By now you may be asking why I care so much. You may be curious since I started by saying that I love melodrama and stakes. Well, I do. But they have to amount to something. We’re going back to Criminal Minds for an example of an arc done right. Aaron Hotchner, the person who revealed that I have Daddy Issues, had an amazing arc of him losing his marriage and wife because of his dedication to his job at the BAU. After his season nemesis, The Fox, escapes and threatens the safety of his ex-wife and son; he drops everything to save his family. The episode is full of tension and drama and ends with Hotchner losing his ex-wife, who he still loves dearly and is the mother of his only son: Jack. The funeral scene that we get of Hotchner eulogizing his wife and actually taking time off of work to be there for his son shows us how important his job is and was to him but how much this particular loss hurt him. Hotchner was broken but did learn a lesson; one he continued to learn until he was killed off of the show because his actor was bad.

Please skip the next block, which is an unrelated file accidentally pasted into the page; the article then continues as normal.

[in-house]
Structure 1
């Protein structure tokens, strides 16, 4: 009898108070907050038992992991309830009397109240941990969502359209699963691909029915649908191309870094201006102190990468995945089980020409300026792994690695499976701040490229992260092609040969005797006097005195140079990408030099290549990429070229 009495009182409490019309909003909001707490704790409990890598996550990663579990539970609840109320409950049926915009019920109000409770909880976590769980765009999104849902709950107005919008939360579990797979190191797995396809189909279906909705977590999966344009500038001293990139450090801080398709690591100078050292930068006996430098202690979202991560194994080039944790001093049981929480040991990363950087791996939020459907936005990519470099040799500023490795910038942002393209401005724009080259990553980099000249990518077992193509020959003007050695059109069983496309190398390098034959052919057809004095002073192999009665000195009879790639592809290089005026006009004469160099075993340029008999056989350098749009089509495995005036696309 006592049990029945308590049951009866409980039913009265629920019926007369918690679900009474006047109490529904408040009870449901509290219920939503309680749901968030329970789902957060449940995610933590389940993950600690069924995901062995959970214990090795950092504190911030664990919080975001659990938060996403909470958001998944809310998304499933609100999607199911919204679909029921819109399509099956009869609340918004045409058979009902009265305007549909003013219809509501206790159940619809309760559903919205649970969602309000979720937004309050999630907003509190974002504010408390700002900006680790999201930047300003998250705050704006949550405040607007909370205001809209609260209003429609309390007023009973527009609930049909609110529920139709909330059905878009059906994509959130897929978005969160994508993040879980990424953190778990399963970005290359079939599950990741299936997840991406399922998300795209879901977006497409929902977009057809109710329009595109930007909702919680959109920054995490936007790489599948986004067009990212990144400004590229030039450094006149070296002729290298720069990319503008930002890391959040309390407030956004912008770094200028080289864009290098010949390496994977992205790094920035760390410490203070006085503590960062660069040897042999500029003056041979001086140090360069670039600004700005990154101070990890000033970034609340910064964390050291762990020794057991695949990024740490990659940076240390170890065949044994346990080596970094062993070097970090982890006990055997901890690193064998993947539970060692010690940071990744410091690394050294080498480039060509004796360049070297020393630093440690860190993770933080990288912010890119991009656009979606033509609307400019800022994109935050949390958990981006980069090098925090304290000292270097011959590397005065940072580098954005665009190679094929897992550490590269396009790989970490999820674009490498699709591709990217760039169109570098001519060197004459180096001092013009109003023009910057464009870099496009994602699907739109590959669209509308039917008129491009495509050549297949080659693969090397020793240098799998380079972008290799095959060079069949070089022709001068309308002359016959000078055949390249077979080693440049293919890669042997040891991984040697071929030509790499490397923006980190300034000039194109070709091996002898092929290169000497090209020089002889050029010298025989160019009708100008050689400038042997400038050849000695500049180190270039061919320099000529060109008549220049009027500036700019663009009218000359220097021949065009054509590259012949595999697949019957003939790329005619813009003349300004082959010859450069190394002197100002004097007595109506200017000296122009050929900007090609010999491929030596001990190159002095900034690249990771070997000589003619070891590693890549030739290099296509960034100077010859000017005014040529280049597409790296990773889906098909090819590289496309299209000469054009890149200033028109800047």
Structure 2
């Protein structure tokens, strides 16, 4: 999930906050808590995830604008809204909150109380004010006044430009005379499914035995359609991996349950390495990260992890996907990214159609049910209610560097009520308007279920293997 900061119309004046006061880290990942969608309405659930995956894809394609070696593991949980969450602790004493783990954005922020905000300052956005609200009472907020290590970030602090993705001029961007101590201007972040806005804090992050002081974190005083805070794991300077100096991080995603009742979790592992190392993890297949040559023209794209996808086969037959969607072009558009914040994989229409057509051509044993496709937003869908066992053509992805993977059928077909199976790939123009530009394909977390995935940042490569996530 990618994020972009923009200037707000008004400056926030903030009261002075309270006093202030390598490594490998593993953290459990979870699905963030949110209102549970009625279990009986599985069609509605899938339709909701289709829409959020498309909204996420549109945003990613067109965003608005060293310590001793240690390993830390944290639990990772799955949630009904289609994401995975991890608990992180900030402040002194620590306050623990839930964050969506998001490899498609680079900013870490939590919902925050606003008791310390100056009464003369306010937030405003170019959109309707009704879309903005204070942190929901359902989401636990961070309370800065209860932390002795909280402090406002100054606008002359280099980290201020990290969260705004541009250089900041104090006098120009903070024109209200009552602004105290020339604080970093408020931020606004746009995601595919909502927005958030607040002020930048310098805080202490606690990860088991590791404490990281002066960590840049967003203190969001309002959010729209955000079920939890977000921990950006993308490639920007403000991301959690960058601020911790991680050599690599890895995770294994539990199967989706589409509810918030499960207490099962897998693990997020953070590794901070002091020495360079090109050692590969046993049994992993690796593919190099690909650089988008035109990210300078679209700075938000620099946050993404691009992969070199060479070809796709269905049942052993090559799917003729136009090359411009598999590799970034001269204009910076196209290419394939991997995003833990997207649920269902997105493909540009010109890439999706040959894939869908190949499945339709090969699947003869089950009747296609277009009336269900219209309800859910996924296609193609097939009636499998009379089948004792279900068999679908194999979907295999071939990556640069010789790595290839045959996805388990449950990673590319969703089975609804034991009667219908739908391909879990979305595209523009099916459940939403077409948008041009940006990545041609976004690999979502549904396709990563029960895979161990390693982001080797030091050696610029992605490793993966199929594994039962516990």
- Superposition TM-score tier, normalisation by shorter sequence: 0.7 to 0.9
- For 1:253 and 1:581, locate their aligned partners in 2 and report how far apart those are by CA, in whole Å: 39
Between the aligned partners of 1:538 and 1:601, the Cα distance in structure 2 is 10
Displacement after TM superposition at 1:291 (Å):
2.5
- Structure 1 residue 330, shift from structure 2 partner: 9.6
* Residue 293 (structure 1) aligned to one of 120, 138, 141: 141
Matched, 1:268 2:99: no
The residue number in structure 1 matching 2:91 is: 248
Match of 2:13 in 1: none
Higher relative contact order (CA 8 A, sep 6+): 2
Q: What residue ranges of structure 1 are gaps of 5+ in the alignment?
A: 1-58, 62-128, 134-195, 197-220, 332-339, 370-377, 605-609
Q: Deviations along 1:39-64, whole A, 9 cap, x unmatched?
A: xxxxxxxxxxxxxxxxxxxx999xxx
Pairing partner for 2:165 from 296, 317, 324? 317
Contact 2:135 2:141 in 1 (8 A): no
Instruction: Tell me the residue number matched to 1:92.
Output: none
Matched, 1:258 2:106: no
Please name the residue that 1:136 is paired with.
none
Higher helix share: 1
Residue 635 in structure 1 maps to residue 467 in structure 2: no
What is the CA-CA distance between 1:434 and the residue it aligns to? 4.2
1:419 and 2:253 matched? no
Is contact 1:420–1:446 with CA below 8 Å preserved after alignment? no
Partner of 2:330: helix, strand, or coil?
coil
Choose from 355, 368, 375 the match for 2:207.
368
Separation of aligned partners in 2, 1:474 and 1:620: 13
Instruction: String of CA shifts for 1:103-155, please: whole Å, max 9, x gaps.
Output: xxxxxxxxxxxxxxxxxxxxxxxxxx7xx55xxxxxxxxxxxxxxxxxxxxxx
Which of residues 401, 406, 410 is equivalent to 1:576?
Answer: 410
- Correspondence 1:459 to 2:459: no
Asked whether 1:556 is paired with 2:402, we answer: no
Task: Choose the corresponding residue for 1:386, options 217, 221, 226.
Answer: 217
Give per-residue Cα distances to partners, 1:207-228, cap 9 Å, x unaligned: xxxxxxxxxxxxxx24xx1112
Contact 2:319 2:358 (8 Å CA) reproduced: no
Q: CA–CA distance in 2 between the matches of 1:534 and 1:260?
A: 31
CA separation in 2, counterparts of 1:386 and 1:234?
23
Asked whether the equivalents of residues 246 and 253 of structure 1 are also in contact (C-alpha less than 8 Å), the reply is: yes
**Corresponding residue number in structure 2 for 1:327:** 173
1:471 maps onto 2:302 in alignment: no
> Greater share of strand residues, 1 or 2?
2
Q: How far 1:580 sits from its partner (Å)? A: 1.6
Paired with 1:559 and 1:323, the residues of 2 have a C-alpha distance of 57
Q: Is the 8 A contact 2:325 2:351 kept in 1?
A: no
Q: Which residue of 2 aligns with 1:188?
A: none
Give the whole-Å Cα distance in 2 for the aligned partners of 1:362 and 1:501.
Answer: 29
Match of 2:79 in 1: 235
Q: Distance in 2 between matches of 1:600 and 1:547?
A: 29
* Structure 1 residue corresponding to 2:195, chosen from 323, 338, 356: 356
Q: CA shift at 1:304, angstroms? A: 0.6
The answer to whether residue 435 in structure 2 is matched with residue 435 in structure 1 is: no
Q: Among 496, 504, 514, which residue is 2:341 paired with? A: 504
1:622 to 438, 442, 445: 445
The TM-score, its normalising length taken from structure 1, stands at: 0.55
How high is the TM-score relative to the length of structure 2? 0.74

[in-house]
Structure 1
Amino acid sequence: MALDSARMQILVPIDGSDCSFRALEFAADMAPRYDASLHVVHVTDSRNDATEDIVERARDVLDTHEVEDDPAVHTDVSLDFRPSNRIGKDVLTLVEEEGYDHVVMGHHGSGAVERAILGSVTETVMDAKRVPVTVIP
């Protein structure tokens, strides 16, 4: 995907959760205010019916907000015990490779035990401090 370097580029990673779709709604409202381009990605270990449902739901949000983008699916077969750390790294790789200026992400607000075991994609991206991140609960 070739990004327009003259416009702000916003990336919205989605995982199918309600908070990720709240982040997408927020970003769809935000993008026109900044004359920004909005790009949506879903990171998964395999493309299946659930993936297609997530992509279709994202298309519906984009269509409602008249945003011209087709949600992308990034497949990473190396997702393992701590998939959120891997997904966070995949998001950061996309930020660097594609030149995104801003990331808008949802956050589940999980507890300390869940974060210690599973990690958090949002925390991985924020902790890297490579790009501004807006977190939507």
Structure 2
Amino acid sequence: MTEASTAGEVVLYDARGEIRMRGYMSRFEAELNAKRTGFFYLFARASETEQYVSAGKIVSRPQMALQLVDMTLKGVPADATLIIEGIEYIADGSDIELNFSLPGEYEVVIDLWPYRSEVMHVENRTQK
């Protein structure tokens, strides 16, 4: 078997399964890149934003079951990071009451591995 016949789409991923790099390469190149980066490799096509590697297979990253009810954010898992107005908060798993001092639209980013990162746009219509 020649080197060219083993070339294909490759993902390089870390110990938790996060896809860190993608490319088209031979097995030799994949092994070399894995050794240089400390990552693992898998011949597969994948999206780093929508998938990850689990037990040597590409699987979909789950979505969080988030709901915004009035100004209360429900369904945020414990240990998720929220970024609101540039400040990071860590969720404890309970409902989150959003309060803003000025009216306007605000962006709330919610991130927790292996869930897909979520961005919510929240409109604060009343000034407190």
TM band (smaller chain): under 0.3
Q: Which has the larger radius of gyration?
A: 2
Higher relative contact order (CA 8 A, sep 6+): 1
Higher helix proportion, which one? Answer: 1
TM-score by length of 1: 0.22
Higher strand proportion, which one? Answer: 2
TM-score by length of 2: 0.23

Any time a character is hurt, it should mean something and shows that go on for hundreds of episodes: it’s hard to keep making pain meaningful. It’s hard to continue to invent new, fresh horrors for fictional characters to undergo and the nature of serialization means that oftentimes, many of these things happen in intense proximity to each other. Spencer Reid goes through many of his losses in what we can only assume is a year’s time. That’s enough to break anyone down. It’s especially distressing when this happens to female, BIPOC or neurodivergent characters because oftentimes trauma is a shorthand for character development for these kinds of characters. It’s lazy and bad experiences do not make up for a lack of character development. Breaking characters down does not make them more relatable, more human, more complex or anything: it just leaves them broken. And especially when dealing with characters of color, the neurodivergent or female characters; it’s so important to let them have stories that are happy and okay. So many queer characters, female characters or characters of color are faced with stories that are just punishing; they often end in death or suicide and that does something to you when the only representation you see is that of strife and pain. That does not minimize the stories that are painful, those will always be there but being able to just one see everything come out okay in the end: that would be truly something.